The Safir launch appears to be a violation of UN Security Council Resolution 1929, adopted in June 2010, which bars Iran from carrying out “any activity” related to nuclear-capable ballistic missiles, “including launches using ballistic missile technology.” Many of the technologies used in space launch vehicles are also important for ballistic missiles. A 2009 U.S. Air Force intelligence assessment of ballistic and cruise missile threats said that the Safir could be used as a test bed for ballistic missile technologies.
A State Department official told Arms Control Today June 24 that the United States intends to bring the violation to the attention of the Security Council’s Iran sanctions committee.
Still, the technical experts noted that the Safir is designed as a space launch vehicle rather than a military system, with a lightweight frame and a slow rate of acceleration, and would need to undergo extensive modifications to be used as a missile.
The Safir also is designed to carry only a small payload. The Rasad weighed just slightly more than 15 kilograms, while Iran’s first satellite weighed about twice as much. Nuclear-capable missiles are generally assumed to be able to carry a payload of at least 500 kilograms.
Michael Elleman, a senior fellow with the International Institute for Strategic Studies in Bahrain and a former UN weapons inspector, said in a June 19 interview that if the Safir were modified to be used as a ballistic missile, it could potentially carry a 700- to 800-kilogram warhead between 2,000 and 2,400 kilometers. Although such a system would be able to reach possible targets in the region, including Israel, Iran has already successfully tested more capable ballistic missiles that can achieve such ranges.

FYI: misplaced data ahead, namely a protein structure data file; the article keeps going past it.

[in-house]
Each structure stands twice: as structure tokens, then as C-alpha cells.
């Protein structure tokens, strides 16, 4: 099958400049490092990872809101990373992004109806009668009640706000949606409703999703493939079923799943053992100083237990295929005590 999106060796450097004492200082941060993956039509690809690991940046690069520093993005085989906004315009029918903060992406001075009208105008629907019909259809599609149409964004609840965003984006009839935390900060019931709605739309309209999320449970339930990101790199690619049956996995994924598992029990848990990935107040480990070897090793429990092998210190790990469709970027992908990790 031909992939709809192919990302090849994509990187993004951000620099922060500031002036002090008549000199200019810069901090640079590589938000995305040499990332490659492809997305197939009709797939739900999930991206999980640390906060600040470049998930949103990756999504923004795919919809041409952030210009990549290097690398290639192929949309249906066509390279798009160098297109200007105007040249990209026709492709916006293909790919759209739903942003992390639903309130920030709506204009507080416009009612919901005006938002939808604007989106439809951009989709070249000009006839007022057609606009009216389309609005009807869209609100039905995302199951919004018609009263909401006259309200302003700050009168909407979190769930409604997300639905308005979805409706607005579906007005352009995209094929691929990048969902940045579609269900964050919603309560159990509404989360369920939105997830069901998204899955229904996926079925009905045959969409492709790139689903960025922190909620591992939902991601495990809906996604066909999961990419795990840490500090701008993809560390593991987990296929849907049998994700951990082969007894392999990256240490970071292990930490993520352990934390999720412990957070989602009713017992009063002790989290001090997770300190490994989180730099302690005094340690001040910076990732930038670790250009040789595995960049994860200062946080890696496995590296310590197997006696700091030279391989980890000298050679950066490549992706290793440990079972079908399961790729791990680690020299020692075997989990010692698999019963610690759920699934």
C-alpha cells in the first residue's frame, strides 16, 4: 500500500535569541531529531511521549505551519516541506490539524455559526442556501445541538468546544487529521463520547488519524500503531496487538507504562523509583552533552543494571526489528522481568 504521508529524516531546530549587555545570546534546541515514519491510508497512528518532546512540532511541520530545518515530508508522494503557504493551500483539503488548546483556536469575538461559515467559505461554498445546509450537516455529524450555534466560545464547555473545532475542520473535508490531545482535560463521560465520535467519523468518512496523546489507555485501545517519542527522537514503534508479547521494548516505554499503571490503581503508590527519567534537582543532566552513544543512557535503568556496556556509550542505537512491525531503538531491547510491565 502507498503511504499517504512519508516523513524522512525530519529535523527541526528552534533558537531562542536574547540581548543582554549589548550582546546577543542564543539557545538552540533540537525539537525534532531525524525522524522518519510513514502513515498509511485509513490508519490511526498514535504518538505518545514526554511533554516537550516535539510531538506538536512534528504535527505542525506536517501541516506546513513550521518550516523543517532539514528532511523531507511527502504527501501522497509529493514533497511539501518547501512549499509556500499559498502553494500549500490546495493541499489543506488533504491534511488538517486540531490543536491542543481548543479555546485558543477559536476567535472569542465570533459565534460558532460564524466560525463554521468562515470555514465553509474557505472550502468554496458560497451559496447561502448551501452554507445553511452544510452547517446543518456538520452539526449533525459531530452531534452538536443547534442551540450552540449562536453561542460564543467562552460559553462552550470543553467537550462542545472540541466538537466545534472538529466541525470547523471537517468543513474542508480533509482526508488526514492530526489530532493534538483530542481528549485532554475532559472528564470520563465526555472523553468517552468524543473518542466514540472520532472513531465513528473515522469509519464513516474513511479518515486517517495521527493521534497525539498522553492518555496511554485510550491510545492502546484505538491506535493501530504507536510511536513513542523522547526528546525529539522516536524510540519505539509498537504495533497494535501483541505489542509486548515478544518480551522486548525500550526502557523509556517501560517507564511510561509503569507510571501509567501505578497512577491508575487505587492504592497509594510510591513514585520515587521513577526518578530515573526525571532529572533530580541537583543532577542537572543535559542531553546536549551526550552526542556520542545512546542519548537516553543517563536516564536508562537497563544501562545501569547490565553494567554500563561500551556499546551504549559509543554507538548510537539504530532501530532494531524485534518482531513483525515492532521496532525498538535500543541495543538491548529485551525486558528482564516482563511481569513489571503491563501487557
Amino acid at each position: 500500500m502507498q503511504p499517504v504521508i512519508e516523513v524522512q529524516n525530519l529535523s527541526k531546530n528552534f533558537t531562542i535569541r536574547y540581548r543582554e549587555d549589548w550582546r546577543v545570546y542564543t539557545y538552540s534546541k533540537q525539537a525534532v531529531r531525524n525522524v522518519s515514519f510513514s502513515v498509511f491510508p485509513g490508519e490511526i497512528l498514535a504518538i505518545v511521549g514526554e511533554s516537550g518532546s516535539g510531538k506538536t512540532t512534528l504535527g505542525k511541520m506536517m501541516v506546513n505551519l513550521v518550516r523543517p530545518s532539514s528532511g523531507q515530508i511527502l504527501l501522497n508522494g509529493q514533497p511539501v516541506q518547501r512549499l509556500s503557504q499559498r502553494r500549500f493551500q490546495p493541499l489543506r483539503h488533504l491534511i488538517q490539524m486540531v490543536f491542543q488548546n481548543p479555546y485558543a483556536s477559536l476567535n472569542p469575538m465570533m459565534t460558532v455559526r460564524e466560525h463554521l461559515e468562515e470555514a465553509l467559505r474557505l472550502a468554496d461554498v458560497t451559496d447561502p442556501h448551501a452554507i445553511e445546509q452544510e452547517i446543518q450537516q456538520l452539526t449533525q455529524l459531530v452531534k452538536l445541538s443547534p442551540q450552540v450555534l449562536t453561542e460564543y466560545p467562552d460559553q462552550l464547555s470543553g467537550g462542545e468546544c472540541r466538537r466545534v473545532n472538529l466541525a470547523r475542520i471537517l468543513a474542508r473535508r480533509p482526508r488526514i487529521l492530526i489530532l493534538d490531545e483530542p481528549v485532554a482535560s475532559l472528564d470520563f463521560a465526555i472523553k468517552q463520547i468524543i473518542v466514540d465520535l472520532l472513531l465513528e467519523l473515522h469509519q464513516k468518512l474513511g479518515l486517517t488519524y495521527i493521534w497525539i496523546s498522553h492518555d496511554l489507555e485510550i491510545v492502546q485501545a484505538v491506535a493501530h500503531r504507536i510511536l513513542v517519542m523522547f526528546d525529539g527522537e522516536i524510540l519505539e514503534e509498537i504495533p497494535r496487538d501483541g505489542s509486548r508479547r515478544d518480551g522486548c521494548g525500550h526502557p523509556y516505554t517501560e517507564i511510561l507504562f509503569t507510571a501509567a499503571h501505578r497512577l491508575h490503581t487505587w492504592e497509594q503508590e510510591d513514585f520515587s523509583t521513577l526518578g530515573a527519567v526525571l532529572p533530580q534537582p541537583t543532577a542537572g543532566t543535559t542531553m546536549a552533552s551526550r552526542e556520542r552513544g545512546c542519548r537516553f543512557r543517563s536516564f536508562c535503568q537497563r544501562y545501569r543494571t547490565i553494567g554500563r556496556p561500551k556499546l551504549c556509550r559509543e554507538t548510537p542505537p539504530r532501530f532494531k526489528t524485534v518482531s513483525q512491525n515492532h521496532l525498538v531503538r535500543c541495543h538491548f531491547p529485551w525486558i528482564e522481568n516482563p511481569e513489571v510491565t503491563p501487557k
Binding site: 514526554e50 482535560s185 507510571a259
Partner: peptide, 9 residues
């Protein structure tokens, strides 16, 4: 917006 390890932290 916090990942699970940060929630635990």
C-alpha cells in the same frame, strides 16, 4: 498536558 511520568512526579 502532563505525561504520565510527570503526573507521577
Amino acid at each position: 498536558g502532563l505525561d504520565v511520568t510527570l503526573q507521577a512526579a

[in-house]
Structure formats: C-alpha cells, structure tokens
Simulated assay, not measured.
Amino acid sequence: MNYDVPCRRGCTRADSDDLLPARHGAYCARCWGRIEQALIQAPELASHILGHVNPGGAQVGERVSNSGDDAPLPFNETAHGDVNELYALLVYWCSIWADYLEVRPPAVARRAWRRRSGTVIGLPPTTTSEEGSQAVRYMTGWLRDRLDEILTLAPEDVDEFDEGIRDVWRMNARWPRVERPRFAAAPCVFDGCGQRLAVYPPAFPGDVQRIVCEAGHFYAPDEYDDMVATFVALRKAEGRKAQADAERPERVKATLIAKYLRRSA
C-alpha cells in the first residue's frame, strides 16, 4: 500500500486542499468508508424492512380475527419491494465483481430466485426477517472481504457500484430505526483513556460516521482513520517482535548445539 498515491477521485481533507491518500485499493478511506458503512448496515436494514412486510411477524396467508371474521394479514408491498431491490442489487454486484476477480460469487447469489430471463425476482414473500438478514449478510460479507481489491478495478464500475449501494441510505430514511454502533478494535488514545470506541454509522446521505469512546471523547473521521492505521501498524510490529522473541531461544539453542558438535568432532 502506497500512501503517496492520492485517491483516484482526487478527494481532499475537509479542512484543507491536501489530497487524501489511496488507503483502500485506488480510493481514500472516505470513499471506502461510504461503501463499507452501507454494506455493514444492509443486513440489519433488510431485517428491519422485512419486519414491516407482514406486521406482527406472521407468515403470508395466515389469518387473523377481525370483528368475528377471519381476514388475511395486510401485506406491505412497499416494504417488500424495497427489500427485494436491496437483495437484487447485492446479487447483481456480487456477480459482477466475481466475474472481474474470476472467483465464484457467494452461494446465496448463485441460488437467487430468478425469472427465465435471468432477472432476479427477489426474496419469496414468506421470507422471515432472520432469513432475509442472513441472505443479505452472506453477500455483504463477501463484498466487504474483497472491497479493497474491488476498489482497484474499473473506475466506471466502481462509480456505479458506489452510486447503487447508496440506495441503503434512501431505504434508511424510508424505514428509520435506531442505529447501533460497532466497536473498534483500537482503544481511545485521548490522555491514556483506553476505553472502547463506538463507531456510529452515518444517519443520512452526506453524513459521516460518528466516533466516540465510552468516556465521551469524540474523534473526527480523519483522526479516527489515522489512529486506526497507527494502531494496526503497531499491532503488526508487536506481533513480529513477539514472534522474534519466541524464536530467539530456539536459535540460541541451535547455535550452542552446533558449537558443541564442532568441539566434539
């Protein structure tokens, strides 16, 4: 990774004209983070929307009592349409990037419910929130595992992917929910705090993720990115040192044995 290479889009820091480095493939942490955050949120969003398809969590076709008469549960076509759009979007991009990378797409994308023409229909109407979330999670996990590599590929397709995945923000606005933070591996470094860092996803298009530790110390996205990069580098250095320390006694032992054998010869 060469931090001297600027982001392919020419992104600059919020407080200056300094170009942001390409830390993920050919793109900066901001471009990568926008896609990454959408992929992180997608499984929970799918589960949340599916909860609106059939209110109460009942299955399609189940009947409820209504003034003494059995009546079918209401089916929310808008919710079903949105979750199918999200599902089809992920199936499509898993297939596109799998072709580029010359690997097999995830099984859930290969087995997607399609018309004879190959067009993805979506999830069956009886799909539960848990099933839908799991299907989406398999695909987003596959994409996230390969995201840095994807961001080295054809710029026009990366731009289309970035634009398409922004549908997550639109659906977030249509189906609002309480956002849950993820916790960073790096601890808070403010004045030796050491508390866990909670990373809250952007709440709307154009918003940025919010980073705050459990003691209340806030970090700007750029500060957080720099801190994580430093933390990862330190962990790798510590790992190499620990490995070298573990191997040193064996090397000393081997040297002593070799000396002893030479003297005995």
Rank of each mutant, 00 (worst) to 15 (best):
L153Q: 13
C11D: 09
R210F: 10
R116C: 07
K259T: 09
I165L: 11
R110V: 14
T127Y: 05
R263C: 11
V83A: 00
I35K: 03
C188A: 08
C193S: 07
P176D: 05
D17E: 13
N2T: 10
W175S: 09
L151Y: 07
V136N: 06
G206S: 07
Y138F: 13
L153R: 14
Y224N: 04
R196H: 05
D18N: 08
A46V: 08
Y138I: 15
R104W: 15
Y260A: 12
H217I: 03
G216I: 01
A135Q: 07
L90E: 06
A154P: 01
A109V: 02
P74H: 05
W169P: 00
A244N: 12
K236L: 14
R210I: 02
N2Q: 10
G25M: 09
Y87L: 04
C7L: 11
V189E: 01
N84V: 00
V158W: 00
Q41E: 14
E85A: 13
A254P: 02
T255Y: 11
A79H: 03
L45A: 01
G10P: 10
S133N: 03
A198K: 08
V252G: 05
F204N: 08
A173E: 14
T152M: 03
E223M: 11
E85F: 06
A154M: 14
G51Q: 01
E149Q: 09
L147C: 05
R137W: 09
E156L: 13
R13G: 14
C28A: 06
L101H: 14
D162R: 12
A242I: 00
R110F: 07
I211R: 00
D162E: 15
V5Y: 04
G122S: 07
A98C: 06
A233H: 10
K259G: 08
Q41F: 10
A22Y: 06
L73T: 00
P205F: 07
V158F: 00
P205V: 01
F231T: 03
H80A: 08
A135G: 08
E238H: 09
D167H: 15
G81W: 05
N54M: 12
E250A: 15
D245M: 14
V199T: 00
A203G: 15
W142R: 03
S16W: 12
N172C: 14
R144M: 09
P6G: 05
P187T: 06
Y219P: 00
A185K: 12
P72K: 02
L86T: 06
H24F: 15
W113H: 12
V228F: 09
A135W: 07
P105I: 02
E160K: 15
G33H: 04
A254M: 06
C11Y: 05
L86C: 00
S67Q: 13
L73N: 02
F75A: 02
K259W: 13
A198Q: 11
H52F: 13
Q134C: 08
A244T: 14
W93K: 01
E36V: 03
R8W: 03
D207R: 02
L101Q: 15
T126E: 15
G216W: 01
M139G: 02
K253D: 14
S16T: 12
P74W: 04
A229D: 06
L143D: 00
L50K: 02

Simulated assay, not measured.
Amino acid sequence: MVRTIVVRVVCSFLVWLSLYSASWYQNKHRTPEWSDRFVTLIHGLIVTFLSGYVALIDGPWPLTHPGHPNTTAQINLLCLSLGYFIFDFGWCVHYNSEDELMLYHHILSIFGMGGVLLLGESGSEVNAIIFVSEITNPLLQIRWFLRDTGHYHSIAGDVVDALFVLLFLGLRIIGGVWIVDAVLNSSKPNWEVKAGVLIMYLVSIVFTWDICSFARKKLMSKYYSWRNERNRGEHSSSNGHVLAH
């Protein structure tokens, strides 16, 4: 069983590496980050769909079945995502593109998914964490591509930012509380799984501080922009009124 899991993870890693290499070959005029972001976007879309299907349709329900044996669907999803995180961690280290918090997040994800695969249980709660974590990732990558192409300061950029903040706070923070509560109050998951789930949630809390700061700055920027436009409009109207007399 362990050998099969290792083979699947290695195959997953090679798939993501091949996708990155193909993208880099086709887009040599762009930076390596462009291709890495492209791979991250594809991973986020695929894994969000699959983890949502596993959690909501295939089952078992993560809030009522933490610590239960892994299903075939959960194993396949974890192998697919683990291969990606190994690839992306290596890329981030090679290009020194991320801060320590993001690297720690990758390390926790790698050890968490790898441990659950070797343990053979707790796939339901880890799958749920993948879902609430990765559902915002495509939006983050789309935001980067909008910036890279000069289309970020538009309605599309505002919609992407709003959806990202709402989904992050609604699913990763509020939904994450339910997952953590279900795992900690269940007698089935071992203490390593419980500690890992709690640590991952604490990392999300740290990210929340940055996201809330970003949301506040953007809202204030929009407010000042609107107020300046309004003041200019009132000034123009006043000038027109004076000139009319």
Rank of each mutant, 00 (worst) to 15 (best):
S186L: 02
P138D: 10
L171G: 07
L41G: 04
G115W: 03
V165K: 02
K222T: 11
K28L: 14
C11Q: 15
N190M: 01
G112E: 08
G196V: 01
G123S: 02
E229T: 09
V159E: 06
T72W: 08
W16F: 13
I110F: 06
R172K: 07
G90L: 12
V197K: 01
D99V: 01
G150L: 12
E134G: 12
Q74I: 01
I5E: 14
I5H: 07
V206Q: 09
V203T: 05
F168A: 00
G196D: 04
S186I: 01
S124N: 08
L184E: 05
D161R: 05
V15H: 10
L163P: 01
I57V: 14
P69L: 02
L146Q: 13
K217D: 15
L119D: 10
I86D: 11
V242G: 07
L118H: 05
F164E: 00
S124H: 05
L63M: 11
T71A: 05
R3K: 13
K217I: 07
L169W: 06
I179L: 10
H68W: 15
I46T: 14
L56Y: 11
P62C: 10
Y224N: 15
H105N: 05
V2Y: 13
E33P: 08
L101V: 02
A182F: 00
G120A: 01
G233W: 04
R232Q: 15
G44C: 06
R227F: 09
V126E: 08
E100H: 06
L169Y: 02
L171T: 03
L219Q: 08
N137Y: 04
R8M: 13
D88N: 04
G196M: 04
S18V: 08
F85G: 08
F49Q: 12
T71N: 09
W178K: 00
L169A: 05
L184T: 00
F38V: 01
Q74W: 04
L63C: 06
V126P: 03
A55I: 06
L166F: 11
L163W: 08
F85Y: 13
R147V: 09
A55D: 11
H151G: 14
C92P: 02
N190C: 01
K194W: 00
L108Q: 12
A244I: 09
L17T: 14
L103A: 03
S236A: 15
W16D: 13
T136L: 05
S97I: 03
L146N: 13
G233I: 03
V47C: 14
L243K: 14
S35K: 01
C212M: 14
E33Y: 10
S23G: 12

The 2009 Air Force intelligence assessment said that the Safir could potentially be converted to a missile with a range of more than 3,000 kilometers, but it is unclear what the payload of such a system might be.
Last February, Iran unveiled a larger and more capable space launch vehicle named the Simorgh (“Phoenix” in Farsi), which Iranian officials said was designed to launch heavier satellites and would see its first flight in February 2011.
Director of National Intelligence James Clapper told the House Armed Services Committee March 10 that the Simorgh design “could be used for an ICBM-class vehicle,” referring to intercontinental ballistic missiles.